Feb 27, 2009
"Music and Meander" at the Capitol is a bust
LANSING -- It might have been called "Music and Meander" or "Mega Bust," but the so-called "Chicago Tea Party" protest by right-wingers on the Capitol steps at noon Friday certainly did little to change anyone's mind.
The protest was based on the over-the-top, unprofessional rant a few weeks ago by CNBC's Rick Santelli on the trading floor of the Chicago Mercantile Exchange to protest President Obama's economic stimulus package, and it did little but illustrate right-wingers are in the minority. The majority of Americans in both parties think a spending stimulus is needed to try and reverse the crisis caused by the Bush Administration policies.
I wasted my lunch hour to hear what they had to say, and all I saw was a maximum – a generous estimation - of no more than 150 people milling about, carrying handmade signs, passing out propaganda and listening to patriotic music. I saw a few of the usual suspects, like Leon Drolet, but not much was going on.
The protest was supposed to last until 1 p.m., but I left after listening to Bruce Springsteen's song "Born in the USA." Just like Ronald Reagan in 1984, these people have no clue what the song is all about. It's like their complete misuse and lack of understanding of what the Boston Tea Parry was for and about.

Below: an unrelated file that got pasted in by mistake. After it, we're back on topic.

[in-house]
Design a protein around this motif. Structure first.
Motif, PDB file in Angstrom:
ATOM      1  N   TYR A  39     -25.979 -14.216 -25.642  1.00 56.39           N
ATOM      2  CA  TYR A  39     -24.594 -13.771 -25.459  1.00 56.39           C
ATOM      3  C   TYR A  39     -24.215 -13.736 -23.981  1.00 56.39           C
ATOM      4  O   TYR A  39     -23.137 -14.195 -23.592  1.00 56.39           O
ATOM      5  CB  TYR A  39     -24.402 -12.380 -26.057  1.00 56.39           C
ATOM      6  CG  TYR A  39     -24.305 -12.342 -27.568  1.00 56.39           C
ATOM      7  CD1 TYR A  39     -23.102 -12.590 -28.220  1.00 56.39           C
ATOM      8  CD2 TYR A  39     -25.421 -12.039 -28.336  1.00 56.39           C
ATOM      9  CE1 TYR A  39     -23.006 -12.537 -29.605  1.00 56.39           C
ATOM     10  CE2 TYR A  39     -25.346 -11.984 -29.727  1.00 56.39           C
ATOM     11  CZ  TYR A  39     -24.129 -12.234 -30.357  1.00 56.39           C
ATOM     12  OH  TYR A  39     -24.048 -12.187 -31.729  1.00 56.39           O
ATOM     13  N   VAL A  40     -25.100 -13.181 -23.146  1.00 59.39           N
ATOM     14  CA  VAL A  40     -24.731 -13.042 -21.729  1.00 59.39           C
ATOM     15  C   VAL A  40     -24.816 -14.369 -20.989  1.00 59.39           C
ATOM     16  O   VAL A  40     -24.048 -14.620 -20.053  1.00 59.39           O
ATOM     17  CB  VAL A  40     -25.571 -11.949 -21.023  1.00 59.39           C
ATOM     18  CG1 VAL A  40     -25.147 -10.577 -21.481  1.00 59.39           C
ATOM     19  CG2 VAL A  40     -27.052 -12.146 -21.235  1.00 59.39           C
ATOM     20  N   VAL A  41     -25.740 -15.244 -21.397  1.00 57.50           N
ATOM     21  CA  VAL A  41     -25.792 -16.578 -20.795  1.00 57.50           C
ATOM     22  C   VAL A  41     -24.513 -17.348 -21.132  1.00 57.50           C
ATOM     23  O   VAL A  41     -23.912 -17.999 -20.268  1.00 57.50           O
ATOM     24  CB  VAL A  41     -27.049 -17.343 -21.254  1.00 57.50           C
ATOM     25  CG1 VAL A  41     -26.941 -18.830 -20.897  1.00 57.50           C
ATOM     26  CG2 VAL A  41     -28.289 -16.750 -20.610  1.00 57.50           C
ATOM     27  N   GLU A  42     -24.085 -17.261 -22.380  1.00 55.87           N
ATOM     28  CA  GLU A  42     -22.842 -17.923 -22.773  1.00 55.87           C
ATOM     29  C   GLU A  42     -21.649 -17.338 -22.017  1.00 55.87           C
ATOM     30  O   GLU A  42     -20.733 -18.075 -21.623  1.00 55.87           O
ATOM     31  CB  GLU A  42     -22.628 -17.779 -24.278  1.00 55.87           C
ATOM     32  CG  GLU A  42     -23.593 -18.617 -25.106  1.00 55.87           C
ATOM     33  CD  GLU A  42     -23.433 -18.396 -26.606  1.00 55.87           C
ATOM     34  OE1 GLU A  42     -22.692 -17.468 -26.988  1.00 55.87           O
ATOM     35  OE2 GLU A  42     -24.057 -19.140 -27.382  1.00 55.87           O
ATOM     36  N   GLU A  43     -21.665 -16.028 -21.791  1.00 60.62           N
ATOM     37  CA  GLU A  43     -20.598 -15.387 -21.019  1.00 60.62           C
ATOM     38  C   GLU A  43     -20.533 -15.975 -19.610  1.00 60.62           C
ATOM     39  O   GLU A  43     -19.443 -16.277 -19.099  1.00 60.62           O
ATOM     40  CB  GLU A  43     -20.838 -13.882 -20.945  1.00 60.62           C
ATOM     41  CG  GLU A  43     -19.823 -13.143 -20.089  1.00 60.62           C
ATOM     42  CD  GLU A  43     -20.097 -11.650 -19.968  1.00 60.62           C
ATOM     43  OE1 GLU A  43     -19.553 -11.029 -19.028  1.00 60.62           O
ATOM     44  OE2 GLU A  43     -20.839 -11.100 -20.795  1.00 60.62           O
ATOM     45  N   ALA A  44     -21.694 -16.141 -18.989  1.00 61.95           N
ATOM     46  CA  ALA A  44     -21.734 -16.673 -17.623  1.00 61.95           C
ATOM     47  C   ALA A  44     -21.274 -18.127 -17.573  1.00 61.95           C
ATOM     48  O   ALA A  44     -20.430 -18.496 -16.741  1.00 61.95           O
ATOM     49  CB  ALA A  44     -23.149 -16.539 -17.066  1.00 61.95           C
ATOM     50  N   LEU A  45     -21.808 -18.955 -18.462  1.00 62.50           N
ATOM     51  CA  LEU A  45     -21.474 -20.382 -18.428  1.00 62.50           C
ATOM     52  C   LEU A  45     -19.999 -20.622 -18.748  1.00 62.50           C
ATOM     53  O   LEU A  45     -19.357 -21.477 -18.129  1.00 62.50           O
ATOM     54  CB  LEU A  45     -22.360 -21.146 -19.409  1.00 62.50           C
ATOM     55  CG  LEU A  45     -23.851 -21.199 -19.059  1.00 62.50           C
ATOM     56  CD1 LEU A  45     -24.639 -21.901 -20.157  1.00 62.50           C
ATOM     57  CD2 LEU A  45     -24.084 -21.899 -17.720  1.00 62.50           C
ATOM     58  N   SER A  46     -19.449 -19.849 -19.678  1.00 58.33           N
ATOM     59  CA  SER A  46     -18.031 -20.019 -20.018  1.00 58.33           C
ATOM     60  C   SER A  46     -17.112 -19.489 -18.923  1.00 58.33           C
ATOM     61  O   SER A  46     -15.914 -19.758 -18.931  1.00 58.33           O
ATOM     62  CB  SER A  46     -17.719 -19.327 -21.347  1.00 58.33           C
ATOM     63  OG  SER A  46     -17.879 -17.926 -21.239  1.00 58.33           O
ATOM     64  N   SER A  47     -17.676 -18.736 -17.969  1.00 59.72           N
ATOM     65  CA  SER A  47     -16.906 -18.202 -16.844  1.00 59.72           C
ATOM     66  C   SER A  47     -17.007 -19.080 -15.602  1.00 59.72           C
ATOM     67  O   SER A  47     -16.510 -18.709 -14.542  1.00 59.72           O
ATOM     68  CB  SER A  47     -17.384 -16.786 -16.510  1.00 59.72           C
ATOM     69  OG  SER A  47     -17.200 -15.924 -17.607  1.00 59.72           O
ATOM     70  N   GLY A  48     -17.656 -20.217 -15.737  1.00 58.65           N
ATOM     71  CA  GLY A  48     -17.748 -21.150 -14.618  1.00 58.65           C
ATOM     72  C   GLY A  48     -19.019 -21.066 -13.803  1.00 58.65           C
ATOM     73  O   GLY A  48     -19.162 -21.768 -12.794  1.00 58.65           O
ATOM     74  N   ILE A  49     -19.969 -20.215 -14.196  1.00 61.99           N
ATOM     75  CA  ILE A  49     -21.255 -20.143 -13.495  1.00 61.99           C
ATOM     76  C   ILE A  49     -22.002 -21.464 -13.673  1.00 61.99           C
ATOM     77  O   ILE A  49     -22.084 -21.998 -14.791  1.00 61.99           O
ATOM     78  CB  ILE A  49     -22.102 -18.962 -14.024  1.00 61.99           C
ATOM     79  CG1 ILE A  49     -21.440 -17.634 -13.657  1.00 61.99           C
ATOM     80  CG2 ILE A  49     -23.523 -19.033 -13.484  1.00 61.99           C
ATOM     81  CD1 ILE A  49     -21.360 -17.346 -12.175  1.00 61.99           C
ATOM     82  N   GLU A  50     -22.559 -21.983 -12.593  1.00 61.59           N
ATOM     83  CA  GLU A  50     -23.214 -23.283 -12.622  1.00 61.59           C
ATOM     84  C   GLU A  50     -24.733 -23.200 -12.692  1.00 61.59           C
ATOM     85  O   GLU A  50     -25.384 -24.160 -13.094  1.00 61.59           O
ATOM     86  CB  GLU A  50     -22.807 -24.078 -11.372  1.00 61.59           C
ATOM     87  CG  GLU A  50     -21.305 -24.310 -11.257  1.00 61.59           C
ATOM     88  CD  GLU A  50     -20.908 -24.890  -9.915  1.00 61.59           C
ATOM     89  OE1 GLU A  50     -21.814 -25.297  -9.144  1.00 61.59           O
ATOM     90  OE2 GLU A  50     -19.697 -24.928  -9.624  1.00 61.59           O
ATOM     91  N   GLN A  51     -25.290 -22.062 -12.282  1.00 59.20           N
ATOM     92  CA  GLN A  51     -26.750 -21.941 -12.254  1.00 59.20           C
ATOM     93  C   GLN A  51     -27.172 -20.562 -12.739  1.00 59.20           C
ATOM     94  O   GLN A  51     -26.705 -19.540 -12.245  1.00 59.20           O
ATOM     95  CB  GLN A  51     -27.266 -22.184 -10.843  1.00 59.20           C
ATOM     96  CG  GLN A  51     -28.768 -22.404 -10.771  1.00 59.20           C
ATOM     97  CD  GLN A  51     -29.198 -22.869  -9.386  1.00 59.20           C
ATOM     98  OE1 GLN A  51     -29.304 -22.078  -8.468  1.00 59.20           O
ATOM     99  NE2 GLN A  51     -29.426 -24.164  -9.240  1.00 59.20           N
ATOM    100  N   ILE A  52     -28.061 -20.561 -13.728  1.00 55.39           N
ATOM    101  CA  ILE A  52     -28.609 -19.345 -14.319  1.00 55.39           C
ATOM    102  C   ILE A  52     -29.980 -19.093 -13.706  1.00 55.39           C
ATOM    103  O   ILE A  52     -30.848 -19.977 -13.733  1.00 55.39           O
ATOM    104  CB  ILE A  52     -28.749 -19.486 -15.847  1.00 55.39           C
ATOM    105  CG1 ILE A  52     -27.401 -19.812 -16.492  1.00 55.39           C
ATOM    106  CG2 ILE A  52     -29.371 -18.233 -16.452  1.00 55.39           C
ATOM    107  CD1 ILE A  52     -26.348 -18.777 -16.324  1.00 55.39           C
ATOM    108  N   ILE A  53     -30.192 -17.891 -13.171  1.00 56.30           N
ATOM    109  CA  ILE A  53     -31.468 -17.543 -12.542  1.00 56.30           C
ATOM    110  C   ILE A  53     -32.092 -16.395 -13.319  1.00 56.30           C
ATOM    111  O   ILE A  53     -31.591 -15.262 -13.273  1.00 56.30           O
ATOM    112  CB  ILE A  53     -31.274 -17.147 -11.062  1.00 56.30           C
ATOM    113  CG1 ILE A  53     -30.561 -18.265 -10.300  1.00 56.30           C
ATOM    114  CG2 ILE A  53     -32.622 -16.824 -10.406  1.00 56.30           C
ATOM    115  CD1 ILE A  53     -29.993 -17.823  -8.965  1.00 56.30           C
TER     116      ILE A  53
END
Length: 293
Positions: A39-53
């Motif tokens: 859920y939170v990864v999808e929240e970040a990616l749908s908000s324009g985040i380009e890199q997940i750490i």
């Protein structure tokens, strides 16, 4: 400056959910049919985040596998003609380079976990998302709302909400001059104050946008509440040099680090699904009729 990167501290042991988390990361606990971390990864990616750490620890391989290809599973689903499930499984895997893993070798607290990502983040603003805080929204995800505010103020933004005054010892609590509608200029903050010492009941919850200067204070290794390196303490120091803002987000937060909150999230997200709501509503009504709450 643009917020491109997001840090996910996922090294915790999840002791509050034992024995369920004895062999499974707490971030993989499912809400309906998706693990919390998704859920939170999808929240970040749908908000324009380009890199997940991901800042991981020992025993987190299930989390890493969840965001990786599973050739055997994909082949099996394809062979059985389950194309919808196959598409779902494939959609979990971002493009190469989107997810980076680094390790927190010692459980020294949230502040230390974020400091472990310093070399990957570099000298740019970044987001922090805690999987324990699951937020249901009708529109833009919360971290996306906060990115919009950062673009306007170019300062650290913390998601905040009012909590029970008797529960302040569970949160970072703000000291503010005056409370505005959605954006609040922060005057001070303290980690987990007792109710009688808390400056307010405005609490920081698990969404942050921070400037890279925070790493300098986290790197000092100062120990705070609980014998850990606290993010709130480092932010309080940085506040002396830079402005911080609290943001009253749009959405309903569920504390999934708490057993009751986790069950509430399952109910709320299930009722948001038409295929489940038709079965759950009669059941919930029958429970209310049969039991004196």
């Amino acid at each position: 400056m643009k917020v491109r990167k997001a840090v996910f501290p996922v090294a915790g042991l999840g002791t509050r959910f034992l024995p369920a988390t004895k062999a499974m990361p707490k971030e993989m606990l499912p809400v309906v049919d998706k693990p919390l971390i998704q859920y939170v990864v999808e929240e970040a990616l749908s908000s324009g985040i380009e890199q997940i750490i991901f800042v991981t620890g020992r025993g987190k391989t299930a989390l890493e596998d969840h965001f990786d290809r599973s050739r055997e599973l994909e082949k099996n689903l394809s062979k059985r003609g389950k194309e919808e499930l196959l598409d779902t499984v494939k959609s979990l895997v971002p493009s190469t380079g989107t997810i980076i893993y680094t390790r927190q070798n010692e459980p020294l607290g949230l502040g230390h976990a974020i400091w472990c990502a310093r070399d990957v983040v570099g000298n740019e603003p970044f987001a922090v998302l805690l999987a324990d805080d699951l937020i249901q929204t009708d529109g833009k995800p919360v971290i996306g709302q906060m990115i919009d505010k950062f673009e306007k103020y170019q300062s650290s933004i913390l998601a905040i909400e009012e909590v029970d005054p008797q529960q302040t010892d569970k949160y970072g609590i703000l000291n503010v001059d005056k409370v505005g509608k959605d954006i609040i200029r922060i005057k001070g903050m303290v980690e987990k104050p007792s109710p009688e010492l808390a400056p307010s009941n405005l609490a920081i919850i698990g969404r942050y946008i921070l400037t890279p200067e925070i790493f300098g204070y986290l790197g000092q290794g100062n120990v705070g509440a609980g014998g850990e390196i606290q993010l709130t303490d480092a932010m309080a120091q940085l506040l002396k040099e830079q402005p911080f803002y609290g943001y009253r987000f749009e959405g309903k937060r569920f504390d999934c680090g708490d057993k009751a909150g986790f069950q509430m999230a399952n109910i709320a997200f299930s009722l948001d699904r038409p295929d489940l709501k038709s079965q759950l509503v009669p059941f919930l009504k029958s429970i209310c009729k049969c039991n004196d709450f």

The song was about the tribulations soldiers experienced in the Vietnam War, and it also protests the hardships Vietnam veterans faced upon their return from the war.
I saw the normal signs with the rightwing talking point about the alleged "socialist Democrats," but even funnier were the ones complaining about the budget deficit. Where were these people when Bush took a budget surplus and turned it into a record budget deficit with tax cuts for the richest 1 percent and spent it on an unnecessary invasion of Iraq. Just think what we could do to rebuild and stimulate our economy with the billions of dollars spent on rebuilding on Iraq and the millions that disappeared because of the lack of oversight and no-bid contracts.
They could have went to the end of the Capitol sidewalk and asked the handful of people protesting the Iraq invasion what they thought. To their credit, they have been there every Friday rain or shine in the two years I have worked in Lansing.
Because my office overlooks the Capitol, I looked out the window at about 12:50, and the "protest" was basically over. If there were any speeches they had to be between 12:30 and 12:50 p.m.
To be fair, it's nice to be with like minded people who think the way you do. I know that's one reason I like political conventions and rallies after so many years of being neutral. The good news is more people agree with the President, and the people on the Capitol steps are a small minority.